With emotions running high for the presidential race, there's a good chance that the statewide voter turnout on Nov. 2 will reverse a trend that's been declining for three decades.
Never mind Sen. John Kerry's apparent lock of California's 55 electoral votes or the snoozer of a race for U.S. Senate or the relative lack of competitive legislative races.
The state's large Democratic base is in an angry mood, thanks to antipathy towards President Bush and lingering resentment over last year's recall election. Democrats have been registering additional voters, especially among students.
And Republicans, riding Gov. Arnold Schwarzenegger's popularity, are pouring greater-than-expected resources into getting out the vote, especially in legislative districts where they believe Democrats are vulnerable. Schwarzenegger himself has raised $2 million for the state Republican Party; much of that is going toward getting out the vote.
"Voters across party lines tell us this is an important election, that it really does matter who wins, and that they want their vote to be part of this process," said Mark Baldassare, director of the Public Policy Institute of California Statewide Survey, who projects a heavy turnout in two weeks.
High voter turnout typically favors Democrats, and as a result could boost prospects for union-backed tax and health-care measures on the ballot. For example, a high Democratic turnout could help to pass Proposition 72, the employer health-care mandate that is narrowly trailing in recent polls. It could also thwart Republican challengers in legislative districts where Democrats have seemed vulnerable.
East Coast returns
On the flip side, if the presidential race is deemed a foregone conclusion as the polls close on the East Coast, voter interest that's now running high could quickly dissipate in the last hour or two the precincts are open here. And with no heart-stopping candidates or issues on the statewide ballot, turnout could continue along its downward slide. In 1960, 69 percent of eligible voters went to the polls; by 2000, that had fallen to 52 percent.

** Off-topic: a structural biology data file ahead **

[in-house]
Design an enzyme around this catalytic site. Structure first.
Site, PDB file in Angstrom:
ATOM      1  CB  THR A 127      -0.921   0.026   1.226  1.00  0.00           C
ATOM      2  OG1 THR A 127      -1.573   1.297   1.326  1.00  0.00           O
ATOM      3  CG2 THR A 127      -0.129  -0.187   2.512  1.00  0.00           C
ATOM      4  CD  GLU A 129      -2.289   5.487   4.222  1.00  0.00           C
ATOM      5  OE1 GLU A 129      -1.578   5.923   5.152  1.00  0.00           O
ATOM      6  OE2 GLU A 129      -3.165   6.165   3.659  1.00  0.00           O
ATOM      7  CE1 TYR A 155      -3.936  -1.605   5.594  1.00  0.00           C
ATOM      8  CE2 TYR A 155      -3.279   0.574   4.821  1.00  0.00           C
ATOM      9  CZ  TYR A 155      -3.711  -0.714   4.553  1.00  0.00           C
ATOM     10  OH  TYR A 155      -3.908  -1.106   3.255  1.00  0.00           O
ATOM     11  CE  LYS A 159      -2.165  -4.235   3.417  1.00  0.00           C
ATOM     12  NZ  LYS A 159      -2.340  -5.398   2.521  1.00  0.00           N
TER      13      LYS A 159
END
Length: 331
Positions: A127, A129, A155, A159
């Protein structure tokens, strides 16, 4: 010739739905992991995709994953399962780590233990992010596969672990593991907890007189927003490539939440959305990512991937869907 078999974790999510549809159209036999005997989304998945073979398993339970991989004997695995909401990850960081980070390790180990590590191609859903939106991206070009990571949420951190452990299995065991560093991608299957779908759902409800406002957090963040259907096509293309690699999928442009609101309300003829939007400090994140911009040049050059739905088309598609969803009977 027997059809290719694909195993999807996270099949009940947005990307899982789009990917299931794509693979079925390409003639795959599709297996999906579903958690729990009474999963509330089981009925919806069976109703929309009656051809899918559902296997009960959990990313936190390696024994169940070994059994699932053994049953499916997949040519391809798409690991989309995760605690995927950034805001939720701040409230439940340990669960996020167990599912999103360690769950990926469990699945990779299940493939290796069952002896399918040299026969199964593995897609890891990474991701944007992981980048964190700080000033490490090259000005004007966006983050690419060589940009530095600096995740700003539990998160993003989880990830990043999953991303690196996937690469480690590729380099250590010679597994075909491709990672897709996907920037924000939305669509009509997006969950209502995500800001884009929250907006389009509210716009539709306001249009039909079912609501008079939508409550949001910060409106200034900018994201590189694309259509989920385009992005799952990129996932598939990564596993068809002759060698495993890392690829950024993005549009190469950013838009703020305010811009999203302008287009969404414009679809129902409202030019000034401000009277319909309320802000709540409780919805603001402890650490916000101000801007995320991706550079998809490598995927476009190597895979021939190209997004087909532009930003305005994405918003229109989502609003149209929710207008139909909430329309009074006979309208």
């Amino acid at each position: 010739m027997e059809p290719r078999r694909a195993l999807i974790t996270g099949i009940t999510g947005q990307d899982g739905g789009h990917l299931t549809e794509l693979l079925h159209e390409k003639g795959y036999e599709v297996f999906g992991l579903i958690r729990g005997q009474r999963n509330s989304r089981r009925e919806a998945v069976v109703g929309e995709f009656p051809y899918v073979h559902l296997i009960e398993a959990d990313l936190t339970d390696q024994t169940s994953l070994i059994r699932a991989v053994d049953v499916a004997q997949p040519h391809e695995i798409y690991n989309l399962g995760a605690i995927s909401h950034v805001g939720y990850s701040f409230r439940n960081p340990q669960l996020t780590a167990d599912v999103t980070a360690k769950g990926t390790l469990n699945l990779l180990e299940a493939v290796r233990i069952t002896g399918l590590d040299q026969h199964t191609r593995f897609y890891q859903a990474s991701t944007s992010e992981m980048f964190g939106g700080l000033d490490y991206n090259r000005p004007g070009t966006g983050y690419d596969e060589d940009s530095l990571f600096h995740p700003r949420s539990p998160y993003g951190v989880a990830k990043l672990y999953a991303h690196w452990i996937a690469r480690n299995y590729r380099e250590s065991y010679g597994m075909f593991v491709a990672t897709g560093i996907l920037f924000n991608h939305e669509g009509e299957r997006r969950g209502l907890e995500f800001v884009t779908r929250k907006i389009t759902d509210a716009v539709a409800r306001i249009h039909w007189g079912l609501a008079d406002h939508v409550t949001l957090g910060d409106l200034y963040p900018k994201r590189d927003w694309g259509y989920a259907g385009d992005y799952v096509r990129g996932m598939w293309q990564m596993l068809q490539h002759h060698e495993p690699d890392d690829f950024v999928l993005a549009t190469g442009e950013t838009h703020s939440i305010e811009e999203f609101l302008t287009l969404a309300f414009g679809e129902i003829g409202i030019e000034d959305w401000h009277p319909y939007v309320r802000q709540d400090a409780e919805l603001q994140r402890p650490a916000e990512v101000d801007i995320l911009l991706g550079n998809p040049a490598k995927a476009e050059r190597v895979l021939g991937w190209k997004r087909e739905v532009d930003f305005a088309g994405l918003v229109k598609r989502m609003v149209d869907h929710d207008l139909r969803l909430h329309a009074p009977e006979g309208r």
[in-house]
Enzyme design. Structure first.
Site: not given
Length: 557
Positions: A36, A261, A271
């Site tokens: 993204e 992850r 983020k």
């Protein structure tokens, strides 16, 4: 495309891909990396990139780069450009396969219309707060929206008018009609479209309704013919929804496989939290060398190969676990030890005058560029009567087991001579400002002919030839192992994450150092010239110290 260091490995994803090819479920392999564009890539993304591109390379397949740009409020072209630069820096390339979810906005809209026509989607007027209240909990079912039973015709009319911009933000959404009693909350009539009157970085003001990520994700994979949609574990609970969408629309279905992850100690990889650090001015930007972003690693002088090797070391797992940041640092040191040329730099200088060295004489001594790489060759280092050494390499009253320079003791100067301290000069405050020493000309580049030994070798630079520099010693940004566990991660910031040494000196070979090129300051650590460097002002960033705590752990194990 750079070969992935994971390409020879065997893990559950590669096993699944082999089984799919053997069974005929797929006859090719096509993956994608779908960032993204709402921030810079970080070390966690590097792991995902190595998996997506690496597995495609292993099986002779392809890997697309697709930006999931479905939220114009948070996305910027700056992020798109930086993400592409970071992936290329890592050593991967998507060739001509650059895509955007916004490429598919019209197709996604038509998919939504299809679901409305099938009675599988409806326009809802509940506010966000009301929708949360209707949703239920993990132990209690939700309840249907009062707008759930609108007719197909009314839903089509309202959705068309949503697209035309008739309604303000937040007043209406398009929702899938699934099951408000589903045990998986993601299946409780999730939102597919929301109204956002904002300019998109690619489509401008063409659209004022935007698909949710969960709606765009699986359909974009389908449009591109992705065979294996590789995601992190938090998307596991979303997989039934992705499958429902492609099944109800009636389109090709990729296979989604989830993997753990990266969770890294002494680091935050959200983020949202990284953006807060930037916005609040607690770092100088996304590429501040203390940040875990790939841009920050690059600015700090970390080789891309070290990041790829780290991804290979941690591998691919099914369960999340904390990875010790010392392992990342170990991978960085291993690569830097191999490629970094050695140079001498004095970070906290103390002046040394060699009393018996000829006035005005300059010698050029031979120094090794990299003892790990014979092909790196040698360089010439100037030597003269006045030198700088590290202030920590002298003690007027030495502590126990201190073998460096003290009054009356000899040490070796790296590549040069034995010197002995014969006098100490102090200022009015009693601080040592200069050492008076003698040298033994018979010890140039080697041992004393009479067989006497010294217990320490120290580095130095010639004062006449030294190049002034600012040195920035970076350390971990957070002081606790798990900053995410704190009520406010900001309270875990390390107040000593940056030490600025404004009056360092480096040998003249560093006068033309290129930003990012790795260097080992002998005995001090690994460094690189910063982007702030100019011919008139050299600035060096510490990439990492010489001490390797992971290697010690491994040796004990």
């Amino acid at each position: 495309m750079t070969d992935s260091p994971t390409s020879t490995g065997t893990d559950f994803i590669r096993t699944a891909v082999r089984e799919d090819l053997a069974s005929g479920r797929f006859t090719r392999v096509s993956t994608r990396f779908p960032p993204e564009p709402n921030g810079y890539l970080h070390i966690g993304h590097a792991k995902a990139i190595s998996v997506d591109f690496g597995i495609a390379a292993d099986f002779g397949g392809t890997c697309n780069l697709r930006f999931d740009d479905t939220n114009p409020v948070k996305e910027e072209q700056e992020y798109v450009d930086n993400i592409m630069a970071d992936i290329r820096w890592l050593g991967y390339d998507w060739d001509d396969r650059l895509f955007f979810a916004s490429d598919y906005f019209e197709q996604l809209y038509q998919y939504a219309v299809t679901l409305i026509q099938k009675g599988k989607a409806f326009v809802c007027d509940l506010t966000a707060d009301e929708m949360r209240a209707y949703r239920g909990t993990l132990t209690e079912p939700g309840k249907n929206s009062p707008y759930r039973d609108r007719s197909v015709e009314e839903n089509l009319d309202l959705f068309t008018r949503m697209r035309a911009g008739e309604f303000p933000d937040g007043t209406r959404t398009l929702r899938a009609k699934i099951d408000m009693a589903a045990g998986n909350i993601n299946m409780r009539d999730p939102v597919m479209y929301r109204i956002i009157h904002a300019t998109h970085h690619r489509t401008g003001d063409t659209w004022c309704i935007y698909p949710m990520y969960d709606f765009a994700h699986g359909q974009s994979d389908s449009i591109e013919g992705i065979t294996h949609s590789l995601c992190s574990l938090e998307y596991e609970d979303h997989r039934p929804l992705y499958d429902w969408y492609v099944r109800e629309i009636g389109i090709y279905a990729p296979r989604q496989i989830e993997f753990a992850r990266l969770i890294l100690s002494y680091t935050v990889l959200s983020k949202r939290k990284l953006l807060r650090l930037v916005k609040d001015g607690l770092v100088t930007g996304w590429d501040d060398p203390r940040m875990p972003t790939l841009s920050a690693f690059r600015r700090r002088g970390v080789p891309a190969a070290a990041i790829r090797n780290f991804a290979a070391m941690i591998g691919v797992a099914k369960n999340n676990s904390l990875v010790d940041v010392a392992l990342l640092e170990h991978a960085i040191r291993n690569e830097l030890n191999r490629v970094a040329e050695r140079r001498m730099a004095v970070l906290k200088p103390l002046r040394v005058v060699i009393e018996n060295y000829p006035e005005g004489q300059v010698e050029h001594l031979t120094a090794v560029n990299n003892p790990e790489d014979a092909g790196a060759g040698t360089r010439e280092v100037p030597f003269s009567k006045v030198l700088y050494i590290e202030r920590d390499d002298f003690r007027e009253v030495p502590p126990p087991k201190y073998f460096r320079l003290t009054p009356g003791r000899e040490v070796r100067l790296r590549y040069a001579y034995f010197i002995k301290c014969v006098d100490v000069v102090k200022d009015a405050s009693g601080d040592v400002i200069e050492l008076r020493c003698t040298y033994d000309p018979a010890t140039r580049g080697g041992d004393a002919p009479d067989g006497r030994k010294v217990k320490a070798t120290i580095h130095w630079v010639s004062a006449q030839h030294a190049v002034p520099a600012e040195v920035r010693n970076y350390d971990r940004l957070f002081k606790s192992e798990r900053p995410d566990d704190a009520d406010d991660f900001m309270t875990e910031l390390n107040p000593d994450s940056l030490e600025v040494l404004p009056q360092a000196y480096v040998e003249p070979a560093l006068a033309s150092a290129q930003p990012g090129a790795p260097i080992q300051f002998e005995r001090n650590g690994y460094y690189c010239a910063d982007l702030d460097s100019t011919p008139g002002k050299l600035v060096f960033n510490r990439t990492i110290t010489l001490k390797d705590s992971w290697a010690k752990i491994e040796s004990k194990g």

"My view is that all these cross-currents will cancel each other out and that turnout will either be average or slightly lower than average," said Elizabeth Garrett, a professor at the University of Southern California School of Law. "You don't have much in the way of presidential campaigning, there's a low-key Senate race and no ballot propositions are exactly catching fire."
Even a push from Schwarzenegger on several ballot measures and on behalf of several Republican candidates is not likely to boost turnout, Garrett and other elections experts said.
Several additional factors could conspire to depress turnout, most notably problems at polling booths. Controversy over voting machines and difficulties in processing an expected surge in last-minute registrations might sow confusion and create delays for voters on Election Day.
Still, many voting experts believe these factors will pale in comparison with feelings about the presidential race and the higher turnout that could result.
"The 800-pound gorilla here is the presidential race and passions are definitely running higher this election than past presidential elections," said Tim Hodson, executive director of the Center for California Studies at California State University Sacramento. "To find an election with this level of emotion, you probably have to go back to 1992 or even to 1980."
The closer the presidential race, the more people will likely vote in California even though the state and its electoral votes are a virtual lock for Kerry. Traditionally, the largest spike in votes occurs between the hours of 5 p.m. and 8 p.m. as people get off work; that's after the polls close on the East Coast.